Over the past decade, native Washingtonian Jeremiah Lowery has been hard at work, assisting underserved communities across the District. With this June 2018 Primary election, he hopes to have an even bigger impact on the entire city by campaigning to become the next At-Large Member of the D.C. Council. Lowery tells us that he is the only candidate in this race who has experience working on both education policy and environmental policy, and claims to be the only candidate who has accepted 100 percent of his contributions from individual donors.
Lowery says that high-quality childcare is one of his highest priorities. If elected, he hopes to create a system so all children have access to high-quality childcare by extending the current program so it covers children ages zero to three. He also plans on making D.C. an even cleaner city, energy-wise. As At-Large Member, he hopes to work with environmental advocates and the Mayor to introduce bills that will reduce the city’s dependence on cars and add more bus and bike lanes. Public buses will also switch to electric in order to limit carbon dioxide pollution.
In May 2018, there were allegations that Lowery removed campaign signs that promoted At-Large Member candidate Marcus Goodwin, but Lowery has denied this “absolute lie,” and there has been no tangible evidence proving any claims of indiscretion. Despite the allegations, Lowery has successfully accumulated over 10 endorsements from organizations like online news publication Greater Greater Washington, the D.C. Tenants Advocacy Coalition (TENAC) and Jews United for Justice.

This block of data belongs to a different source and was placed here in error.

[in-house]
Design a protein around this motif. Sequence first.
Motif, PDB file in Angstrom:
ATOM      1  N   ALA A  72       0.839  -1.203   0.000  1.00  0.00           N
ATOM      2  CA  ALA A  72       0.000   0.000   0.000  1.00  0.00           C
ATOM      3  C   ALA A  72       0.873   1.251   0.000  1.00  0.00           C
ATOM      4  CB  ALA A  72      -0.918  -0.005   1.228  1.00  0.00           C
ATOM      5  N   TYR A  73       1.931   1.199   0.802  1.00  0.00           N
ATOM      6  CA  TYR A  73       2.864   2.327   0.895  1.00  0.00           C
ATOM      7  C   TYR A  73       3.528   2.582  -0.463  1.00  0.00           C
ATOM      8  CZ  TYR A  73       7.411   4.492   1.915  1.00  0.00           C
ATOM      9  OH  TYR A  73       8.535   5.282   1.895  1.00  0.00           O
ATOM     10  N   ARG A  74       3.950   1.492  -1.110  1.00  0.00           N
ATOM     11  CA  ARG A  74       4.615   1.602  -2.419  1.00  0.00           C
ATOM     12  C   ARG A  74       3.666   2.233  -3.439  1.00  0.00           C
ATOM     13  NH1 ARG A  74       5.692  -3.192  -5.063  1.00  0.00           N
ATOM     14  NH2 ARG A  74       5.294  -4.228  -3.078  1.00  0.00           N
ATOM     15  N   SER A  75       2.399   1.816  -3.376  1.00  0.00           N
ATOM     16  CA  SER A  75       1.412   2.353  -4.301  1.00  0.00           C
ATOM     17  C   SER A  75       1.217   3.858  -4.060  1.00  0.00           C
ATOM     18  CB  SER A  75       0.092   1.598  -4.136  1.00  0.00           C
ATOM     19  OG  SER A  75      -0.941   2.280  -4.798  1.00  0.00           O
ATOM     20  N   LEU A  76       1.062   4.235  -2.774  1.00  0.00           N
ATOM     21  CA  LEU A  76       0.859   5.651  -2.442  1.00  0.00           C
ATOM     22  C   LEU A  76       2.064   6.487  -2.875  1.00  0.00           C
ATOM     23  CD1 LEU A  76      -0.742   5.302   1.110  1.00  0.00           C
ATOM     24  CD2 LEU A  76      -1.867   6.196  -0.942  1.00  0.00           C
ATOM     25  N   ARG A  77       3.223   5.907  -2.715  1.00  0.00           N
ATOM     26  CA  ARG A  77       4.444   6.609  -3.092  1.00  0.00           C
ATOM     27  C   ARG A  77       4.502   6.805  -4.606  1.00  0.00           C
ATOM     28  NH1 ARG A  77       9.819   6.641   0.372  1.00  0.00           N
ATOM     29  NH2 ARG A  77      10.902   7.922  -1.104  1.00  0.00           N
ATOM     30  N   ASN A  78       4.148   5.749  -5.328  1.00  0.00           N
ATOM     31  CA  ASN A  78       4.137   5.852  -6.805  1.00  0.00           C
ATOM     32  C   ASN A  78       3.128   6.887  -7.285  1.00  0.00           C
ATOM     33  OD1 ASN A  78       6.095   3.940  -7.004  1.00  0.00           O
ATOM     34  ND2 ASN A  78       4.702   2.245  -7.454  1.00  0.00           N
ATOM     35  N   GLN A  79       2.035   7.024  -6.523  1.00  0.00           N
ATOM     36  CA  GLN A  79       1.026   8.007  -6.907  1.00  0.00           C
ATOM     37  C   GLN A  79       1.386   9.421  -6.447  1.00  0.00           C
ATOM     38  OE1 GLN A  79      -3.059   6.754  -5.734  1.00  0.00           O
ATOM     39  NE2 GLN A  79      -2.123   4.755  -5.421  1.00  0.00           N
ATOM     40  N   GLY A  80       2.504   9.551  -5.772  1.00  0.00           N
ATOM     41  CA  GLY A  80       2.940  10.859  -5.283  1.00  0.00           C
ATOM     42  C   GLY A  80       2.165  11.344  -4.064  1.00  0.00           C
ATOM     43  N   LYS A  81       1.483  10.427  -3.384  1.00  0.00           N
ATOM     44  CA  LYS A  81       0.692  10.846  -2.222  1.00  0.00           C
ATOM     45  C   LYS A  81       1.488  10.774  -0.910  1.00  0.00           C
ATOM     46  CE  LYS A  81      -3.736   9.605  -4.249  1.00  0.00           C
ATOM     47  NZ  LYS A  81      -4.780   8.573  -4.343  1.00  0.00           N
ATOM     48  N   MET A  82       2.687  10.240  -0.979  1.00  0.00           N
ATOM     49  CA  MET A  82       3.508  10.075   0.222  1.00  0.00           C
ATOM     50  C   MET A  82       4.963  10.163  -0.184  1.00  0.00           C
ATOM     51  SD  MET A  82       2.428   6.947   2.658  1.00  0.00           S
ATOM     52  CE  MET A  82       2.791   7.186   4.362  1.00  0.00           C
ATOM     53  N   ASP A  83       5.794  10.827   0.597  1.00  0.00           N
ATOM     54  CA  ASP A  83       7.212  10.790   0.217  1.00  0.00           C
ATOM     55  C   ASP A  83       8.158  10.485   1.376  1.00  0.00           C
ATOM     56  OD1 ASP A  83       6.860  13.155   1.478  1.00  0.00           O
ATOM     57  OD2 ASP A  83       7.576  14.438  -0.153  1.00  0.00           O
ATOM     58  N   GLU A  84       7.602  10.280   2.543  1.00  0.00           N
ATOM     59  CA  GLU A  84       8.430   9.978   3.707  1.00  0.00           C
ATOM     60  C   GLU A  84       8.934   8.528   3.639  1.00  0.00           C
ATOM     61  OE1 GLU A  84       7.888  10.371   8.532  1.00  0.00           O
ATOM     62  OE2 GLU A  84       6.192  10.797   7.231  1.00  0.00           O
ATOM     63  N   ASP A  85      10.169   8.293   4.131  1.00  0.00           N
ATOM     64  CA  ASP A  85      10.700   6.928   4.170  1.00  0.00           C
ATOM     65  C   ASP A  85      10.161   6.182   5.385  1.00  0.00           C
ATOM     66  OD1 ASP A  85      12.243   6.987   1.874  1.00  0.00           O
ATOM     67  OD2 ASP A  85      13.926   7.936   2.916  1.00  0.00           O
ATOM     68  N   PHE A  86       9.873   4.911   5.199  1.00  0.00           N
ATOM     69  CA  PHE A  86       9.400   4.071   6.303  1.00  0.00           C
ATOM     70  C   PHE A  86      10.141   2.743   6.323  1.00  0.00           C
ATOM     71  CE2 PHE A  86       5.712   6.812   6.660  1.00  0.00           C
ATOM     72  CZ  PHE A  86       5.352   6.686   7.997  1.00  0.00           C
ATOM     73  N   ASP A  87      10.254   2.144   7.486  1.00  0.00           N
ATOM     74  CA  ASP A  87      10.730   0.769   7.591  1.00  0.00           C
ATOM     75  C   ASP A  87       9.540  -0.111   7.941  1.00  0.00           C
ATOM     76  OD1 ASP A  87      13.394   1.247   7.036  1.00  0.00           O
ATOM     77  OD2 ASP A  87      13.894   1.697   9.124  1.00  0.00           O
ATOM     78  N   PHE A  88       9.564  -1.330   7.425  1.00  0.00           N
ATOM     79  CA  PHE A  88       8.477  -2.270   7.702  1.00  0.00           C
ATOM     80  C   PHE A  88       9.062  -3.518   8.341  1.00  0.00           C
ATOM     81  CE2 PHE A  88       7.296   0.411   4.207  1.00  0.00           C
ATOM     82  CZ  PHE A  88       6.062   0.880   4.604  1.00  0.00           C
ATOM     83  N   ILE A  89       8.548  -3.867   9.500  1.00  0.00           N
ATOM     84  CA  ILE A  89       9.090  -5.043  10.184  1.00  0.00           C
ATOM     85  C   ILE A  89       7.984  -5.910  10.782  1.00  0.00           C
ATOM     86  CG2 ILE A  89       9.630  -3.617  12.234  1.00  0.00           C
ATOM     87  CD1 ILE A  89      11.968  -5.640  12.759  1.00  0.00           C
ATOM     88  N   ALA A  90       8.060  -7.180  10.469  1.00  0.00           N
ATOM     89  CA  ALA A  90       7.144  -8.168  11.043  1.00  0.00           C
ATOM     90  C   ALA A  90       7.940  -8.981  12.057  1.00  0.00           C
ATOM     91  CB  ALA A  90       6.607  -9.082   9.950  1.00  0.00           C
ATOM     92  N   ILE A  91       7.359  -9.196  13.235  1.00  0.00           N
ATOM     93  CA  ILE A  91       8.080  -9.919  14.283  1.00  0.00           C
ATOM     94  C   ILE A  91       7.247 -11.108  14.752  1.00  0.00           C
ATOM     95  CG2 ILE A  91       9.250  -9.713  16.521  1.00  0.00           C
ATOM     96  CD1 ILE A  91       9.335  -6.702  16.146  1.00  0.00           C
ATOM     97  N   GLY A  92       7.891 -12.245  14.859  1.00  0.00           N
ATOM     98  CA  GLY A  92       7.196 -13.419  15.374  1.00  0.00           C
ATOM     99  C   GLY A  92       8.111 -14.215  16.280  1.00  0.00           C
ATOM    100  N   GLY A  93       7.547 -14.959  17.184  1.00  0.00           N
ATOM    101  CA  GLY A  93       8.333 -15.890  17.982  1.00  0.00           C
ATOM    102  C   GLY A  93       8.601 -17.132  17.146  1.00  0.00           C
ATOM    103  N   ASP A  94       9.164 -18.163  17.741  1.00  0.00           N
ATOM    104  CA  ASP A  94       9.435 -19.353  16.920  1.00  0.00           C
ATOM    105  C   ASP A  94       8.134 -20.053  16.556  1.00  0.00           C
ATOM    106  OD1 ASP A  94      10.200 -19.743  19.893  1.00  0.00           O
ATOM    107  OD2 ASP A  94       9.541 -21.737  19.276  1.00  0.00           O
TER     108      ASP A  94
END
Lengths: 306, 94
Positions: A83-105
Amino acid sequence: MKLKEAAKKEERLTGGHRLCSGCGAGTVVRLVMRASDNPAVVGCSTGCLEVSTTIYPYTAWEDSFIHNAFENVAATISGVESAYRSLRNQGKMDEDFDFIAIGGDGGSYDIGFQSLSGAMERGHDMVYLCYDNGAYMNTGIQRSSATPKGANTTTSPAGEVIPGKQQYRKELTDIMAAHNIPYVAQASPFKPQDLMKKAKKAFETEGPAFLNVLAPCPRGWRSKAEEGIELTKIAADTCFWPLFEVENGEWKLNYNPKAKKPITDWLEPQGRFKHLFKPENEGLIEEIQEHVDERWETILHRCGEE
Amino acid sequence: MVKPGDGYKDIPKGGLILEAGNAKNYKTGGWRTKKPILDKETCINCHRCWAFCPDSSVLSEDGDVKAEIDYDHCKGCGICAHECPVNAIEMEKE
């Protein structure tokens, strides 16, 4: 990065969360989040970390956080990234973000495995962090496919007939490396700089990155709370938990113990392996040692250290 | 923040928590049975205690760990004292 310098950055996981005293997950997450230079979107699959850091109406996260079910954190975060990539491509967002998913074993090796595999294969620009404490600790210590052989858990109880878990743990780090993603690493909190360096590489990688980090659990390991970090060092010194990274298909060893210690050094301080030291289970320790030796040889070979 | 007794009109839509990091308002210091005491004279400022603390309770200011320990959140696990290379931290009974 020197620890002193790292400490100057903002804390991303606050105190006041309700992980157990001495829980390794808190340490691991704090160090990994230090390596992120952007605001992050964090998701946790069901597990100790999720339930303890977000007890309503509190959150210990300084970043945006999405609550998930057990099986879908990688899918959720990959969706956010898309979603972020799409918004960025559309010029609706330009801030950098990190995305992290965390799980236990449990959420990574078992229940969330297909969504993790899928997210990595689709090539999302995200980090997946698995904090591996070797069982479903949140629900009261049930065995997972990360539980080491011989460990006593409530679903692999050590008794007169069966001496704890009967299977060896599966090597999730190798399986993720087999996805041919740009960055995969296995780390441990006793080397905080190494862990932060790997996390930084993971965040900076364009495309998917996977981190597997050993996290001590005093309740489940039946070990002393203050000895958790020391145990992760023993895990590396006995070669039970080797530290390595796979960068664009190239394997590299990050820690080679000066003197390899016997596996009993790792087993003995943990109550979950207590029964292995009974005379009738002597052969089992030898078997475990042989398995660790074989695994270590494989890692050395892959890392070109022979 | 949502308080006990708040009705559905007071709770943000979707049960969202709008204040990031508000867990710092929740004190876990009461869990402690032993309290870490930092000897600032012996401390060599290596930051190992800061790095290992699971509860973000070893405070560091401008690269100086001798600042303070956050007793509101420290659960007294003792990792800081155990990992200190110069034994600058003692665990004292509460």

While a political newcomer, Marcus Goodwin is confident that he can win the seat to become At-Large Member of the D.C. Council, especially now that he has been endorsed by The Washington Post. At 28, he would be the Council’s youngest member if elected. This is his first time running for office, but he has spent some time in the Wilson Building, having worked for former Councilmember Jim Graham, working as a legislative aid in his committee, and in the Office of the Deputy Mayor for Planning and Economic Development, focusing on affordable housing and other issues.
Currently, he works as an acquisitions associate at the real estate development company Four Points LLC. With his experience in development, Goodwin’s main focus if elected is to create and preserve affordable housing. He also hopes to create more workforce housing for teachers and the local police force. He notes that less than 20 percent of the police force are D.C. residents. He also told Bisnow in October 2017 that he hopes to have a percentage of proceeds from the sale of all condos that are under the city's inclusionary zoning laws to go towards the Housing Production Trust Fund, which creates and preserves affordable housing in D.C. In order to address crime, he says the Council has to first focus on how to improve education in the city. Along with providing more after-school programs, he's also trying to fund free lunches for all students and shift a higher percentage of funding from the D.C. Public Schools Central Office to individual schools and allowing budgetary autonomy based on each school’s assessment of their students’ needs.